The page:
Connie MooreBack in June we were busy watching the new neighbors moving in. As my column of June 10 stated, “while no moving vans appeared, homes were put together with all manner of materials, from the finest available goods.”

Now as November comes into its third week, we have been left the task of housecleaning for those neighbors who decided to abandon house and home for warmer regions. It’s the same every year. We’re used to it. But each year holds its own surprise as to what we actually find in our bird houses.

As a last-ditch attempt to nest, one robin built her home in the large bird feeder itself. Easy enough to clear away, we are always awed at the tight-woven, mud-glued bowl that female robins put together over a few days’ time.

robin nest on swing

On the other hand, Carolina wrens stuff their chosen box with sticks until not even they can enter. When finished, this damp haven attracts spiders and earwigs. It is the scariest of the boxes to open and we stand at the ready to run as masses of these creatures pour out the door upon finding themselves served with eviction notice.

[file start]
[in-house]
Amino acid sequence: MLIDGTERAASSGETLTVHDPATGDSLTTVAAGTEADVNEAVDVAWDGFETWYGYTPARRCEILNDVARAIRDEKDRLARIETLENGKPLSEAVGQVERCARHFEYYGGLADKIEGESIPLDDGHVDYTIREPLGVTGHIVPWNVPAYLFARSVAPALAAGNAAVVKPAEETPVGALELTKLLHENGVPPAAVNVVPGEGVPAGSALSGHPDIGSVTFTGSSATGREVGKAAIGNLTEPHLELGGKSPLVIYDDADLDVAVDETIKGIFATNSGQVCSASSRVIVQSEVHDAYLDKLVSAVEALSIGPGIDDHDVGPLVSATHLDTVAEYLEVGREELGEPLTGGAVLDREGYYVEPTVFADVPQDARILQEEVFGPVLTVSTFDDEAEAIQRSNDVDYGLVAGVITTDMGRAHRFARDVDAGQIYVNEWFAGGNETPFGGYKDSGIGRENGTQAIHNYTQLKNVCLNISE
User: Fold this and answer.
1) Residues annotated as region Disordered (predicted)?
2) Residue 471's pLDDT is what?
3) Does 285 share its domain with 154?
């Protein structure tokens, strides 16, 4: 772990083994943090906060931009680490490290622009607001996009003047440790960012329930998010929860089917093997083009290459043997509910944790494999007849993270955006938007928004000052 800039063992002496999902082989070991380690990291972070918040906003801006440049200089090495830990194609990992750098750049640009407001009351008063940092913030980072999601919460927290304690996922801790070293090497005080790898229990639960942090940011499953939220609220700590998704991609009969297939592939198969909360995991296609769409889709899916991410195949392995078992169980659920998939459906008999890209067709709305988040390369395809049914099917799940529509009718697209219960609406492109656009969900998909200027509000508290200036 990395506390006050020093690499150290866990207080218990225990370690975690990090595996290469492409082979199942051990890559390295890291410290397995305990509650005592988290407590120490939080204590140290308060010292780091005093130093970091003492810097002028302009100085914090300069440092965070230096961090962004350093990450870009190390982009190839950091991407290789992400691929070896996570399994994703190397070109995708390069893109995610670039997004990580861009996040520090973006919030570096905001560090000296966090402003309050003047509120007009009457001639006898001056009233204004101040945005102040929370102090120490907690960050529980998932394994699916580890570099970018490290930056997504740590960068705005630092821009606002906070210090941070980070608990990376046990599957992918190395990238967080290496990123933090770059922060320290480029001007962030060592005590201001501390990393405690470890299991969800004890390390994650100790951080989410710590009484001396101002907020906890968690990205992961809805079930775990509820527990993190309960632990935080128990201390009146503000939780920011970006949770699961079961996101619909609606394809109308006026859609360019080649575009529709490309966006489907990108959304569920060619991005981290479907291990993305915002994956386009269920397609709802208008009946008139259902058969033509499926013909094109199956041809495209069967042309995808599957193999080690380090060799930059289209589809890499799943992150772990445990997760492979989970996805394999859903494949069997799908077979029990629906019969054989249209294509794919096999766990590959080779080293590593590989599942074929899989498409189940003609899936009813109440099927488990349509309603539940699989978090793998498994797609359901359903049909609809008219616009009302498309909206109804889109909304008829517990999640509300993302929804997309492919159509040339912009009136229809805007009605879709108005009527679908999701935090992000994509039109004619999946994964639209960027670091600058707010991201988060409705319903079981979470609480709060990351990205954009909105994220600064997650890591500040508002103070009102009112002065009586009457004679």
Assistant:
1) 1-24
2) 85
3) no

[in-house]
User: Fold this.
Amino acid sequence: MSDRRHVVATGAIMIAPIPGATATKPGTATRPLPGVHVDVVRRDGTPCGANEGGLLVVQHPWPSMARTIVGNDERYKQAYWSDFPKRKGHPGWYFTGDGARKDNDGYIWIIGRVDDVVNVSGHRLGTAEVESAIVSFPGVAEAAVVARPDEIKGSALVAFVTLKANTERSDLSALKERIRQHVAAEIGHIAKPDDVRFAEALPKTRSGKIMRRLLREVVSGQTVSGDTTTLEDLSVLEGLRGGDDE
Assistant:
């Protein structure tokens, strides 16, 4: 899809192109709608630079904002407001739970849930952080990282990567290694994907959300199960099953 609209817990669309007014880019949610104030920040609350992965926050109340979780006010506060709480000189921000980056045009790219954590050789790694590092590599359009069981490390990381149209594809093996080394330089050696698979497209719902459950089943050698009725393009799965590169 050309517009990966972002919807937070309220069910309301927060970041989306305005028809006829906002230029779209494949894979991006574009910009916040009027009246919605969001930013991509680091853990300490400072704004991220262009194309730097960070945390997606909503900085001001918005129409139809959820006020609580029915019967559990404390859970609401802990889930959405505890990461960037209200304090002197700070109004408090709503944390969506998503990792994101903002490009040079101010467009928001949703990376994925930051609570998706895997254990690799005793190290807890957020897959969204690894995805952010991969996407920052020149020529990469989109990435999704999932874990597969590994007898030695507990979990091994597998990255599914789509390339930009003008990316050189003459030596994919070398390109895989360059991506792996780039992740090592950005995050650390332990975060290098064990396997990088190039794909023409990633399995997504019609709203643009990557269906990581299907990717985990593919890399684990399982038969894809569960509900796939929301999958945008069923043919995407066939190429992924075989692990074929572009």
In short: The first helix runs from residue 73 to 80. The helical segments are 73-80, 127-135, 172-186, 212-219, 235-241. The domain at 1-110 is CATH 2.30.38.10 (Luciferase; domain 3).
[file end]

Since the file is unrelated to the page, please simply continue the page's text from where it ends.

brown box with sticks

TheIconoclast
10/27/2015 4:03:46 PM

What a cool idea, I never thought about dissecting old bird nests to see what the birds used for building materials. I'll pay more attention the next time I find a nest on one of my woodland walkabouts.






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